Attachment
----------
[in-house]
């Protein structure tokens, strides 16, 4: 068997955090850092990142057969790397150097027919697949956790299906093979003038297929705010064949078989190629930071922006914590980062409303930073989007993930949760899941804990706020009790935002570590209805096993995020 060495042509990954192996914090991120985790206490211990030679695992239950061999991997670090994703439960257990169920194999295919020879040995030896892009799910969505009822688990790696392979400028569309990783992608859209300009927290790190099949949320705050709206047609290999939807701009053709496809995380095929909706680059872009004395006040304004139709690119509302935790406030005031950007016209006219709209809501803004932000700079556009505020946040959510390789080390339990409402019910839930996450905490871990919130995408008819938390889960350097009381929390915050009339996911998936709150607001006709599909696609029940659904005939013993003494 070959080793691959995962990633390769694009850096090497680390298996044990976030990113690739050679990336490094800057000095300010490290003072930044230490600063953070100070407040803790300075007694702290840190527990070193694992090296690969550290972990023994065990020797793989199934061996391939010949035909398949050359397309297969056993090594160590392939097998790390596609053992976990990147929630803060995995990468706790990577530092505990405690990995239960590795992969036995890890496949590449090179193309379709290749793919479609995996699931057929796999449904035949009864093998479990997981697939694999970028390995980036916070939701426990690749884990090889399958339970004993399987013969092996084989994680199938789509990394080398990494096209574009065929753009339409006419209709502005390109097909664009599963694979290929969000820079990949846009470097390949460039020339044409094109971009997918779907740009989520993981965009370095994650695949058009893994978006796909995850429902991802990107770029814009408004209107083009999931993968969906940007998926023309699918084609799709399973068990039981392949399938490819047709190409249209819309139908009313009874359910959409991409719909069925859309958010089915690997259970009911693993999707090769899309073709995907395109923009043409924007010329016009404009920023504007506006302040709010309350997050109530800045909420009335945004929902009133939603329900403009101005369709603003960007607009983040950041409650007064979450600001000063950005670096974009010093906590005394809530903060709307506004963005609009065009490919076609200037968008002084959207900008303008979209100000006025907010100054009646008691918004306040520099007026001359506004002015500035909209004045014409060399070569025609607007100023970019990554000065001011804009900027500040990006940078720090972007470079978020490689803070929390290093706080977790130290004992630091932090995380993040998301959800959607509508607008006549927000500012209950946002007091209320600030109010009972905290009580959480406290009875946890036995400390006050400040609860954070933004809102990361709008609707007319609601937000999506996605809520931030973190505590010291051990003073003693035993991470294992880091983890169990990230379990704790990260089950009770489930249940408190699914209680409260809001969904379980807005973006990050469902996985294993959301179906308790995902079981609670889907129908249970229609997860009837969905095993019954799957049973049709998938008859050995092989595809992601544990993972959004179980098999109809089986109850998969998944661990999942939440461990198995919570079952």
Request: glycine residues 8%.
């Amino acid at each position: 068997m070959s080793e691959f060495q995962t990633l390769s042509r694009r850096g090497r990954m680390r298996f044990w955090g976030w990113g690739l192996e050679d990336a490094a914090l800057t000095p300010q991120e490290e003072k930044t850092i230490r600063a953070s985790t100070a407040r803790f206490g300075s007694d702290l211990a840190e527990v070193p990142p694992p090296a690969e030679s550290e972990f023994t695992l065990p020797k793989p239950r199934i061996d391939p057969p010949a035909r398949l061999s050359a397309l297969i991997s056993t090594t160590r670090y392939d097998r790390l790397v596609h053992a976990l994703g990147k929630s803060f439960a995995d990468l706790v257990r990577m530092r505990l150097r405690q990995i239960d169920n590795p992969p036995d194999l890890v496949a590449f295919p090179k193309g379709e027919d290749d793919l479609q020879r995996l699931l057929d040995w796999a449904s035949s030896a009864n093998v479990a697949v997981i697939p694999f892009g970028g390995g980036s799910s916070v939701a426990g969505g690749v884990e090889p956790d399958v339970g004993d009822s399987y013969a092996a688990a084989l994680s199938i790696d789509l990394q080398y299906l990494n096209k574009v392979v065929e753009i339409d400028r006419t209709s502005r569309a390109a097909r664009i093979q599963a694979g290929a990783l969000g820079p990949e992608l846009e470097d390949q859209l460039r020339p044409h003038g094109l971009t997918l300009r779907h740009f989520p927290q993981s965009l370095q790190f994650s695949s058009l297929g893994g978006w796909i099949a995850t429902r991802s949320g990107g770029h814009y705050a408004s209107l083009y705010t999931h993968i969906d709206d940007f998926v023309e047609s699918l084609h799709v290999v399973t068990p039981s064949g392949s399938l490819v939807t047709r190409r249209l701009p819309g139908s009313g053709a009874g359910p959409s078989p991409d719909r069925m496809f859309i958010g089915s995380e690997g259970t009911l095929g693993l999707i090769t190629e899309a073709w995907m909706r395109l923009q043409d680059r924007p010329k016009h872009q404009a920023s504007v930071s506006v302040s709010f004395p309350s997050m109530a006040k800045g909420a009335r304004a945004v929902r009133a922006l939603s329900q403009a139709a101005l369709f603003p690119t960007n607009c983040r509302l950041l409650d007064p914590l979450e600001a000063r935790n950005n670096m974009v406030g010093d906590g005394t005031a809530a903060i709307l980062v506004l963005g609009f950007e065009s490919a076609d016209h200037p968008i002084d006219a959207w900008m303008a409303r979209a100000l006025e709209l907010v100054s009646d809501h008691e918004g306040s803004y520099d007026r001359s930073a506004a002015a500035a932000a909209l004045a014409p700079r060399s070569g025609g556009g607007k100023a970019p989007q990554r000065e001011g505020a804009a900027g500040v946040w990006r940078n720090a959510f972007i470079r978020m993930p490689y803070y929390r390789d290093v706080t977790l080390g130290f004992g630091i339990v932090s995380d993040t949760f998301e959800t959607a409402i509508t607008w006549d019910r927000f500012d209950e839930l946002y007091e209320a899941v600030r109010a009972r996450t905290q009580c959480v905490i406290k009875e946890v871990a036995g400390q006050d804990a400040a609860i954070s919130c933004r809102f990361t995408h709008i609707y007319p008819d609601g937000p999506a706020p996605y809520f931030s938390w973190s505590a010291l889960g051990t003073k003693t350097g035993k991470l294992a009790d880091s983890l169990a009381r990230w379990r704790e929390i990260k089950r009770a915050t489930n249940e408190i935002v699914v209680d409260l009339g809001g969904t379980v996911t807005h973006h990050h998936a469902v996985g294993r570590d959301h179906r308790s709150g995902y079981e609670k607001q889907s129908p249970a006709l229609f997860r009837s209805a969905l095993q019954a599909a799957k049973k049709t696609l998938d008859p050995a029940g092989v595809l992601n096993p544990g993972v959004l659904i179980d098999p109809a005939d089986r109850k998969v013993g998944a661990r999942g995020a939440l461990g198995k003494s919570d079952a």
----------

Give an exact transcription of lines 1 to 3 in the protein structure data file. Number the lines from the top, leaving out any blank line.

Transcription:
[in-house]
């Protein structure tokens, strides 16, 4: 068997955090850092990142057969790397150097027919697949956790299906093979003038297929705010064949078989190629930071922006914590980062409303930073989007993930949760899941804990706020009790935002570590209805096993995020 060495042509990954192996914090991120985790206490211990030679695992239950061999991997670090994703439960257990169920194999295919020879040995030896892009799910969505009822688990790696392979400028569309990783992608859209300009927290790190099949949320705050709206047609290999939807701009053709496809995380095929909706680059872009004395006040304004139709690119509302935790406030005031950007016209006219709209809501803004932000700079556009505020946040959510390789080390339990409402019910839930996450905490871990919130995408008819938390889960350097009381929390915050009339996911998936709150607001006709599909696609029940659904005939013993003494 070959080793691959995962990633390769694009850096090497680390298996044990976030990113690739050679990336490094800057000095300010490290003072930044230490600063953070100070407040803790300075007694702290840190527990070193694992090296690969550290972990023994065990020797793989199934061996391939010949035909398949050359397309297969056993090594160590392939097998790390596609053992976990990147929630803060995995990468706790990577530092505990405690990995239960590795992969036995890890496949590449090179193309379709290749793919479609995996699931057929796999449904035949009864093998479990997981697939694999970028390995980036916070939701426990690749884990090889399958339970004993399987013969092996084989994680199938789509990394080398990494096209574009065929753009339409006419209709502005390109097909664009599963694979290929969000820079990949846009470097390949460039020339044409094109971009997918779907740009989520993981965009370095994650695949058009893994978006796909995850429902991802990107770029814009408004209107083009999931993968969906940007998926023309699918084609799709399973068990039981392949399938490819047709190409249209819309139908009313009874359910959409991409719909069925859309958010089915690997259970009911693993999707090769899309073709995907395109923009043409924007010329016009404009920023504007506006302040709010309350997050109530800045909420009335945004929902009133939603329900403009101005369709603003960007607009983040950041409650007064979450600001000063950005670096974009010093906590005394809530903060709307506004963005609009065009490919076609200037968008002084959207900008303008979209100000006025907010100054009646008691918004306040520099007026001359506004002015500035909209004045014409060399070569025609607007100023970019990554000065001011804009900027500040990006940078720090972007470079978020490689803070929390290093706080977790130290004992630091932090995380993040998301959800959607509508607008006549927000500012209950946002007091209320600030109010009972905290009580959480406290009875946890036995400390006050400040609860954070933004809102990361709008609707007319609601937000999506996605809520931030973190505590010291051990003073003693035993991470294992880091983890169990990230379990704790990260089950009770489930249940408190699914209680409260809001969904379980807005973006990050469902996985294993959301179906308790995902079981609670889907129908249970229609997860009837969905095993019954799957049973049709998938008859050995092989595809992601544990993972959004179980098999109809089986109850998969998944661990999942939440461990198995919570079952």
Request: glycine residues 8%.